By Enza Ferreri

In Sanremo, charming seaside resort on the Western part of the Italian Riviera, near the border with France, annually at this time of the year the “Festival della Canzone Italiana”, Festival of the Italian Song Competition, has been held for several decades, precisely since 1951, initially at Sanremo’s Casino and then at the renowned Ariston Theatre.

It was in fact from this event that the Eurovision Song Contest got its origin and inspiration in 1955. World War II had recently ended, the new Europe-wide TV organization European Broadcasting Union had just been born and there was a desire to unite the countries of Europe with a common TV programme.

Sergio Pugliese, an Italian playwright and journalist, suggested to start a song contest in which the different European countries could take part and which would take the Sanremo Festival as a model. So the Eurovision Song Contest was born, which is now avidly watched in places like Australia.

The Sanremo Festival’s winner then has the right to represent Italy at that year’s Eurovision Song Contest.

Sanremo Festival is also broadcast live on foreign TV and radio stations, including Eurovision. Over the years many international stars have competed in the Festival of Sanremo, among whom Louis Armstrong, Shirley Bassey, The Yardbirds, Paul Anka, Gene Pitney, Bill Wyman of the Rolling Stones, Stevie Wonder, Pat Boone, Sonny & Cher, Cher on her own, Ben E.King, Françoise Hardy, Ray Charles, The Hollies, Sandie Shaw, Dusty Springfield, Tom Hooker, Petula Clark, Marianne Faithfull, Connie Francis, Wilson Pickett, Phil Manzanera of the Roxy Music, Grace Jones, Gloria Gaynor, Dionne Warwick, Sascha Distel, Eartha Kitt, Mary Hopkin, Howard Jones, Bonnie Tyler, Miriam Makeba, Udo Jurgens, Mungo Jerry, Bobbie Gentry, Kiki Dee.

In 2021 the 71st Festival of Sanremo is being held at the Ariston Theatre from 2 to 6 March.

However this year, during the same days, a parallel event is also run in Sanremo, called not “Festival della Canzone Italiana” but “Festival dell’Apertura Italiana”, Festival of Italian Reopening.

With the slogan “Give us back our dignity”, associations of entrepreneurs, workers, fair and exhibition organizers, affected by the profound economic crisis created by the lockdown, protest in Sanremo’s Colombo Square, a few steps away from the Ariston Theatre hosting the Sanremo Festival.

They represent many different sectors of the economy, and say they simply want to get back their jobs and freedom.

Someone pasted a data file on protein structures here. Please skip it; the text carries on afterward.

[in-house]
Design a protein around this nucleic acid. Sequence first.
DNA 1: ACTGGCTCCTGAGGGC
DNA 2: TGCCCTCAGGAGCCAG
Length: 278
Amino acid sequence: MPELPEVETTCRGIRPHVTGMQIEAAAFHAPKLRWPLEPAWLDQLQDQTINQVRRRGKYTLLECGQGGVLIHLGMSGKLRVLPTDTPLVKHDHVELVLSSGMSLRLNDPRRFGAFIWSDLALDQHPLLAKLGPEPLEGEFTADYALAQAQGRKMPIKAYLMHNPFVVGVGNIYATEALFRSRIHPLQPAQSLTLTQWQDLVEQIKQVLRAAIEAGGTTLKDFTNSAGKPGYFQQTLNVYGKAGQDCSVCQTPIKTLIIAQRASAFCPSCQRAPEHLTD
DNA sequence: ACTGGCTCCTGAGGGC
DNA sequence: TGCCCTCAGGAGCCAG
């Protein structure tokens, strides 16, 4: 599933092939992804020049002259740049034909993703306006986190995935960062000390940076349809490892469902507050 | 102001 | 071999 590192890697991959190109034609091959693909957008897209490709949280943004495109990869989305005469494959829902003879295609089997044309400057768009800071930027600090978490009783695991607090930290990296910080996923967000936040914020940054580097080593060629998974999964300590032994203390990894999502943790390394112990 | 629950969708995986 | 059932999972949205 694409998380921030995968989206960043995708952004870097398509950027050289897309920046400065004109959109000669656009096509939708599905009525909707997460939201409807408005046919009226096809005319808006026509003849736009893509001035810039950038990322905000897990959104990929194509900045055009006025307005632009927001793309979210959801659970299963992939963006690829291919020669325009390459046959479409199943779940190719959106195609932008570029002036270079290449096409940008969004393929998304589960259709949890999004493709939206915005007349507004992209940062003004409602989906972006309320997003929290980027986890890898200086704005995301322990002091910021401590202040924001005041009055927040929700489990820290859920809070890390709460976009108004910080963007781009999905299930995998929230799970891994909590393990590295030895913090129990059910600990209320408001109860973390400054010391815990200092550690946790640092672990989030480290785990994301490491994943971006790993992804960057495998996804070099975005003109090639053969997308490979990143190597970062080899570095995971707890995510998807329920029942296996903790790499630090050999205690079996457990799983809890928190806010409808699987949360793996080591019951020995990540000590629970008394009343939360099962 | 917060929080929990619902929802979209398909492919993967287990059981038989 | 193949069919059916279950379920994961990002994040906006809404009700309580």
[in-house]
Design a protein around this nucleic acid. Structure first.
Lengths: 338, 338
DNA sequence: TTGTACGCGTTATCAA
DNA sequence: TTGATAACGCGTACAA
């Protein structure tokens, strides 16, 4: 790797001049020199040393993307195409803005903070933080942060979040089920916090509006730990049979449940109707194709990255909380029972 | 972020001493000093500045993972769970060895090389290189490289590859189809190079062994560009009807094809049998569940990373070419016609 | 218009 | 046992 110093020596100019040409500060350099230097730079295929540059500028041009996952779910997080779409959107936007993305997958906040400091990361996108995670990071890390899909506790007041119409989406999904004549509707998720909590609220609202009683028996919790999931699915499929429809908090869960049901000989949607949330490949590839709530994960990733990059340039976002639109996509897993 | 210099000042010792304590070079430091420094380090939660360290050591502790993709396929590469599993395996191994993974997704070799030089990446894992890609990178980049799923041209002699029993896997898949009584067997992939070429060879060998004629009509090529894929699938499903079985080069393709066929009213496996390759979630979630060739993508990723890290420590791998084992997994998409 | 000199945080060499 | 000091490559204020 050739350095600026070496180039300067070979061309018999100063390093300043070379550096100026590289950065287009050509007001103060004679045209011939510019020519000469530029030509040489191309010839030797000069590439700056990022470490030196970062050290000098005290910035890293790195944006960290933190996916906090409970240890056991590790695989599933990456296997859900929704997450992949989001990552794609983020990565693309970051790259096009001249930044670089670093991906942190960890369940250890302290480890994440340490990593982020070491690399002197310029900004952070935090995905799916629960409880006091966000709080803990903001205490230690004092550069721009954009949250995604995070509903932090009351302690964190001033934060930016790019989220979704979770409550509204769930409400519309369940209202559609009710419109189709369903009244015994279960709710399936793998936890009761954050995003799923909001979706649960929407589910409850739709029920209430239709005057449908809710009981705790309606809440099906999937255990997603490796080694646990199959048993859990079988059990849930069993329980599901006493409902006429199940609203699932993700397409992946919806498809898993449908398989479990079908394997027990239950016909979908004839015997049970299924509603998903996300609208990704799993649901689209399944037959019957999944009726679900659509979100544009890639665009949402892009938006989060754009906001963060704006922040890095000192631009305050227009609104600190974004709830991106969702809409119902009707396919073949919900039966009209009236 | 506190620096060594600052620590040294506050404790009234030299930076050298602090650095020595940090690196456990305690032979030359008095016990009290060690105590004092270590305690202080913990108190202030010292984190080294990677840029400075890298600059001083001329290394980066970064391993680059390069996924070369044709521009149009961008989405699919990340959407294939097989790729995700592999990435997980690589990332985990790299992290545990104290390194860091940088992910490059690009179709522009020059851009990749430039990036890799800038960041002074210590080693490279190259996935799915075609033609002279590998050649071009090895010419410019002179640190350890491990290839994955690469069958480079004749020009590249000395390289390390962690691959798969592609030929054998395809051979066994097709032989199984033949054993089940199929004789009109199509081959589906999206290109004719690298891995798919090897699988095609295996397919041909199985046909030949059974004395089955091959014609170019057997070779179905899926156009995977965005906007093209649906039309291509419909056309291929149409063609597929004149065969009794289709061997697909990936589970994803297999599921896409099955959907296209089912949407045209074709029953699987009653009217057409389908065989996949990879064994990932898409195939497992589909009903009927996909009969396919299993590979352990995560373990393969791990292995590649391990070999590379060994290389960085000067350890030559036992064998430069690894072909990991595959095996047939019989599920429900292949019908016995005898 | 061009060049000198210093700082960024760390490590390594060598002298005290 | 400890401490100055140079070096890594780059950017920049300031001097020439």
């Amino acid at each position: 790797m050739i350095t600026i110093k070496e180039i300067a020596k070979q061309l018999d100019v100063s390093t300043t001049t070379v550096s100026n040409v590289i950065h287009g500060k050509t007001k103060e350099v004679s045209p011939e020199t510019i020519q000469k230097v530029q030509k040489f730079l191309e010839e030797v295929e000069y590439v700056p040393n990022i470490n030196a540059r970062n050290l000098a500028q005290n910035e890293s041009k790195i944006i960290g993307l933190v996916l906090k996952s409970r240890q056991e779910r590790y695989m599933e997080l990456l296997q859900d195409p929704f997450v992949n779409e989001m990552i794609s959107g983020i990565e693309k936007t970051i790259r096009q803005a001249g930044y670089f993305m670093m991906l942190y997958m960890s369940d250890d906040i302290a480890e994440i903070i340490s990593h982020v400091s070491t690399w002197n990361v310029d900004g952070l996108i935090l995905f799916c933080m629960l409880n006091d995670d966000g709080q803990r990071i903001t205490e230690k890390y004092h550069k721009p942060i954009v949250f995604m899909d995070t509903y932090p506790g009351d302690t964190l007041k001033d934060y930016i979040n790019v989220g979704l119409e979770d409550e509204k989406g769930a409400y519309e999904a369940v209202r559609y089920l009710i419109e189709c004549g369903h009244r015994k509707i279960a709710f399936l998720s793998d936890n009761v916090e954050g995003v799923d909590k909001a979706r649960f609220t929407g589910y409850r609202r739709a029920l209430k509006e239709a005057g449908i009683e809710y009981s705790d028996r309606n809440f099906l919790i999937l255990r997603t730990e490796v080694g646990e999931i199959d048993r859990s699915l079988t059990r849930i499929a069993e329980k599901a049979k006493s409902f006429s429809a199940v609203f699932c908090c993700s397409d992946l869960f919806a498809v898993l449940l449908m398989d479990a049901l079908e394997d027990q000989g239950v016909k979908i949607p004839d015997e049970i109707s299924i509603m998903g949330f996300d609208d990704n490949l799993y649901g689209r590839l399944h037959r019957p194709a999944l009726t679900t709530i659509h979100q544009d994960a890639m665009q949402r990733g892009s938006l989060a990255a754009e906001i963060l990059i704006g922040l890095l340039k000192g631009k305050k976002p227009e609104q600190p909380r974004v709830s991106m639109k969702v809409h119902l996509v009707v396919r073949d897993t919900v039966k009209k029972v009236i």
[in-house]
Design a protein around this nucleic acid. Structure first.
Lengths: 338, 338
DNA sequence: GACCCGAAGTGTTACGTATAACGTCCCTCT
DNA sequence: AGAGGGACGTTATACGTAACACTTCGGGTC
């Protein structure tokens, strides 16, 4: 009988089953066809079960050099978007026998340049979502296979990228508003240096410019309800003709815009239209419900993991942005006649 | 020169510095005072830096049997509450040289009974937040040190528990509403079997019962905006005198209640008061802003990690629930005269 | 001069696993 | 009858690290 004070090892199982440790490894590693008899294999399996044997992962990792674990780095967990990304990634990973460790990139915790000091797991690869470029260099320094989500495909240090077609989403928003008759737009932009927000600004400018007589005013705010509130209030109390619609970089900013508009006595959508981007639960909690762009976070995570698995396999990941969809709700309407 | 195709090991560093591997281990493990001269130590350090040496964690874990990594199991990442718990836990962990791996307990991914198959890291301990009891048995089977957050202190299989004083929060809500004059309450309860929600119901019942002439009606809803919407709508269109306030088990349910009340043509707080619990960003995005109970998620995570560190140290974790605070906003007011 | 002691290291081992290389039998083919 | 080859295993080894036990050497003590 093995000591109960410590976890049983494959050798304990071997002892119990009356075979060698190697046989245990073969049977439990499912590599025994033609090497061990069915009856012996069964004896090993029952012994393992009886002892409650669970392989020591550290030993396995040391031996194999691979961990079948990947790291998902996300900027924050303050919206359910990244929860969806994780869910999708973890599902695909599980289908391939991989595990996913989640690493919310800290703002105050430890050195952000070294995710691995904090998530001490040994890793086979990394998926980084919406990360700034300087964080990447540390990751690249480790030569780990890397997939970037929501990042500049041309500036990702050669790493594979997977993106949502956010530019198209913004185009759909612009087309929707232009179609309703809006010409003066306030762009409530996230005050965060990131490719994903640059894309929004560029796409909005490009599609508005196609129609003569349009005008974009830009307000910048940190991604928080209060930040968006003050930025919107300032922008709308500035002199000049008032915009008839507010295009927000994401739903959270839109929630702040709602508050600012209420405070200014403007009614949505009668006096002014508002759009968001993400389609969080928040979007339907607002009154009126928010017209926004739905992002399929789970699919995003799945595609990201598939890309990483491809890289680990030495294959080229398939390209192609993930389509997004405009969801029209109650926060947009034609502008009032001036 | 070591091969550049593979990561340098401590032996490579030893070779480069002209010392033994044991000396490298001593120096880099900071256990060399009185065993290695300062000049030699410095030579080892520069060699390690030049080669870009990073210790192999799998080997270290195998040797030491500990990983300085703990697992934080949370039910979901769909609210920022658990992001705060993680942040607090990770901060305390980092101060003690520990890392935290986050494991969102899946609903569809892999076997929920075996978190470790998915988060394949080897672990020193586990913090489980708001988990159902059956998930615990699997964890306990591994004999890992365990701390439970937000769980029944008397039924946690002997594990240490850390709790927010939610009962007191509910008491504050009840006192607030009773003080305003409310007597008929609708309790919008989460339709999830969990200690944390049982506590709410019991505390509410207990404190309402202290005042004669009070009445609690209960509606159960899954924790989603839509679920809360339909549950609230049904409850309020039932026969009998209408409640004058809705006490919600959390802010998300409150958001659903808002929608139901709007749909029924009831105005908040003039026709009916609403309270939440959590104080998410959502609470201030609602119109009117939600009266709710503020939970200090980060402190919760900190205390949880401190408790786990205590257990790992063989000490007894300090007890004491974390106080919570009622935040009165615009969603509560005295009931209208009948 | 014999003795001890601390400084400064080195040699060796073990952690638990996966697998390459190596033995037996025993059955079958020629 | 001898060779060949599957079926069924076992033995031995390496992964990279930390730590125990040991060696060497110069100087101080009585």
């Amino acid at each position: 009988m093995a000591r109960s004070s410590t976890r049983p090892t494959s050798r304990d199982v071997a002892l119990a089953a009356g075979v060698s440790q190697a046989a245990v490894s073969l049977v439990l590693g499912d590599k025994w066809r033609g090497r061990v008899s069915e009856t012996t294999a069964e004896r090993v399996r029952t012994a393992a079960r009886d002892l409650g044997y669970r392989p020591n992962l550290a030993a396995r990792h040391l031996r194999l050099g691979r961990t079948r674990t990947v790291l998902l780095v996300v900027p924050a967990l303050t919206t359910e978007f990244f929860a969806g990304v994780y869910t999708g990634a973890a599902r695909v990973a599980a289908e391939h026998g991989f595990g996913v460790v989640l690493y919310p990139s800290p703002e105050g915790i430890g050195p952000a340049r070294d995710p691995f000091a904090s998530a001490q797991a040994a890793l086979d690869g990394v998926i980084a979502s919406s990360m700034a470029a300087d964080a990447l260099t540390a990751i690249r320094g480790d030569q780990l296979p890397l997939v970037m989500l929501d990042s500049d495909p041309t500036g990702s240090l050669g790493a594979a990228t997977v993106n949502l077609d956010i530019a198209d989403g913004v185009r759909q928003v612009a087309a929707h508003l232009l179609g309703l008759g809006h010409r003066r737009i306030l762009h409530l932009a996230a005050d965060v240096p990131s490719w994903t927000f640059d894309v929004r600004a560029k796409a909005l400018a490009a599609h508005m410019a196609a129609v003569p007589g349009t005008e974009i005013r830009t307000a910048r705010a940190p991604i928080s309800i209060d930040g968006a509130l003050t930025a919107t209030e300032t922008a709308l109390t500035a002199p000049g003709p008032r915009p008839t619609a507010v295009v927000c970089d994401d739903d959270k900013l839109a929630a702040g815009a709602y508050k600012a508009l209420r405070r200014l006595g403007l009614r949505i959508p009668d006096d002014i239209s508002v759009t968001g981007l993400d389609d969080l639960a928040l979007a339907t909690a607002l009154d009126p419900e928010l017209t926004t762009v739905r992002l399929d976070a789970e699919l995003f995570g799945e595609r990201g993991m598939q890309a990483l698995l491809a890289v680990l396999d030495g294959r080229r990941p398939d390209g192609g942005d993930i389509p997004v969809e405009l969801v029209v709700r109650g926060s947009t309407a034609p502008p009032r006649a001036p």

One of the organizations involved is ProtestaLigure, a group of restaurateurs and other categories hurt not so much by Covid-19 as by its accompanying closing-opening mechanism, group which had already organized many similar demonstrations on Mondays across the city centre of Genoa, not far from Sanremo and capital of Liguria region.

Showbusiness is one of the sectors present at these protests, as one seriously affected by lockdowns, and provided delegations of artists, prominent musicians and show personalities, adding to the peaceful protest art and music”.

Gabriele Ogliaro, vice president of the fair traders association, said: “Because of Covid, our fairs have been closed for a year now and many companies have closed. Many have had to turn to usurers for lack of help. We ask for the immediate reopening of fairs, festivals, fetes.

The organizers have described the Festival of Italian Reopening, this series of events in Sanremo, as “the largest demonstration of all the categories damaged by the lockdown legislation”.

The local news website Riviera24 reports:

The requests, which by now sound like a real ultimatum to the government, are the reopening of all commercial activities, without any limit and without any time restrictions, following the security protocols; the cancellation of the curfew on the whole national territory; the restoration of travel between municipalities and regions on the whole national territory and the cancellation of the color bands [indicating the different levels of restrictions imposed] for all Italian regions.

I couldn’t agree with them more.

Festival di Sanremo – Wikipedia
Genova Today